Wednesday, 24 April 2019

healthcare employee retention

With a growing senior citizen and medically complex population, the demand for healthcare professionals is increasing faster than it can be met. In fact, 2.3 million new healthcare workers will be needed in the field by 2025 according to CNN Business.


In light of this shortage and the expanding needs, retention of qualified existing healthcare staff is absolutely essential. A recent study by CompData Surveys as reported by Becker’s Hospital Review found that turnover in healthcare jobs in 2017 was 20.6%, up from 15.6% in previous years.


What are some of the factors leading to high staff turnover in the healthcare setting and what can be done to better improve healthcare employee retention? We’ve broken down common challenges to healthcare retention and possible solutions.


Challenge: Not Being Understood

There can be a perceived disconnect between the staffing agency and the healthcare worker, as their respective roles are not always fully understood by the opposite party. The healthcare worker has spent years achieving the education required to be qualified in this role, and may believe that the agency staff does not understand the challenges of their job, the risk involved, and the heavy responsibility that they bear.


Likewise, the employment agency worker has their own unique challenges, as well as a knowledge of the inner workings of the agency and the healthcare facilities that the medical professional may not be aware of.


Solution: Communication between the agent and employee should be open, allowing employees to voice their concerns and preferences. It should not be assumed that every employee is comfortable working in every role even if they may meet the qualifications. When hesitation is voiced about accepting a particular assignment, the employee should not be coerced into committing, but should be allowed the freedom of choosing work that fits their needs in a non-judgmental way.  


Challenge: Dissatisfaction With Work Schedules

Meeting the scheduling needs of both the employee and the facility is a carefully choreographed dance, one that takes meticulous care to appease both parties. Some individuals must adhere to a strict schedule due to family or educational demands. They simply cannot change their workday at a moments notice, and this must be noted and respected in order to not cause unnecessary frustration from endless phone calls and requests for more availability.


Others are looking for every opportunity to pick up an extra shift and eagerly waiting for a call. Ensure that employees are neither over nor underworked, and that good employees are not lost due to scheduling issues.


Solution: Work towards excellent record keeping by agency staff and implement multiple methods of contact on hand such as phone, text, and email to satisfy both the employee and the facility. Check back in periodically with employees to verify that their current schedule is satisfactory and to assess if any changes need to be made.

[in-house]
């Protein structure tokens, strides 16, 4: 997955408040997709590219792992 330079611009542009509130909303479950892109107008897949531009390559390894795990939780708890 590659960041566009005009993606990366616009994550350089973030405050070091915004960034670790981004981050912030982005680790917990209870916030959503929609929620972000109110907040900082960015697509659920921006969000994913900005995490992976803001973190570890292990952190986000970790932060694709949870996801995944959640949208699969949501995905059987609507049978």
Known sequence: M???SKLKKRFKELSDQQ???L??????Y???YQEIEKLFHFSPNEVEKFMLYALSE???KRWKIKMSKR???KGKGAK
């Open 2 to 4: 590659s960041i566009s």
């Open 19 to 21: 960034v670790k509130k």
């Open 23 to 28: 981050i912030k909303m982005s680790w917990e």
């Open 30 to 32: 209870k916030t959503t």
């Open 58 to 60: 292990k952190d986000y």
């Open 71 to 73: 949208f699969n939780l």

Challenge: Office Politics and Management

Being an agency healthcare worker has, along with its perks, the unfortunate stigma of not being part of the medical facility team. This can lead to conflict between employee and facility management.


Solution: Ask for feedback from the employee about their satisfaction with the work environment and ensure they are receiving what they need to succeed professionally. If the agent does perceive that there is an issue, communicating this promptly to a liaison at the facility could make a huge difference in retaining the employee at the facility. Even if resolution is not reached, if the employee feels that they were carefully dealt with by the agency, they are more likely to accept other assignments with the same agency.   


Challenge: Salary and Pay Issues

Over the course of the year, employees will hear co-workers discuss their pay and bonuses received. For the agency worker, they may feel that they are being left behind or feel under-appreciated if annual reviews and pay increases are not discussed by the agency.


Solution: Upon hiring, communicate opportunities for pay increases and other job benefits. Periodically, and at least annually, these should be reiterated and feedback should be taken from the employee to ascertain satisfaction with current pay rate. If the employee feels that they have not been forgotten, their work is appreciated, and that there are opportunities for remuneration, they will more likely stay in their current position.


A Promising Future Ahead

When healthcare professionals are supported by understanding employers, both the employees and the facility will flourish. This benefits not only the facilities they work for, but the vast patient populations they care for as well.


Atlantic Group is a recruitment agency that specializes in matching qualified healthcare professionals with top healthcare facilities and organizations Atlantic Group Recruiters is committed to bettering approaches to healthcare employee placement and retention. Contact us today.

Contact us today!

    characters left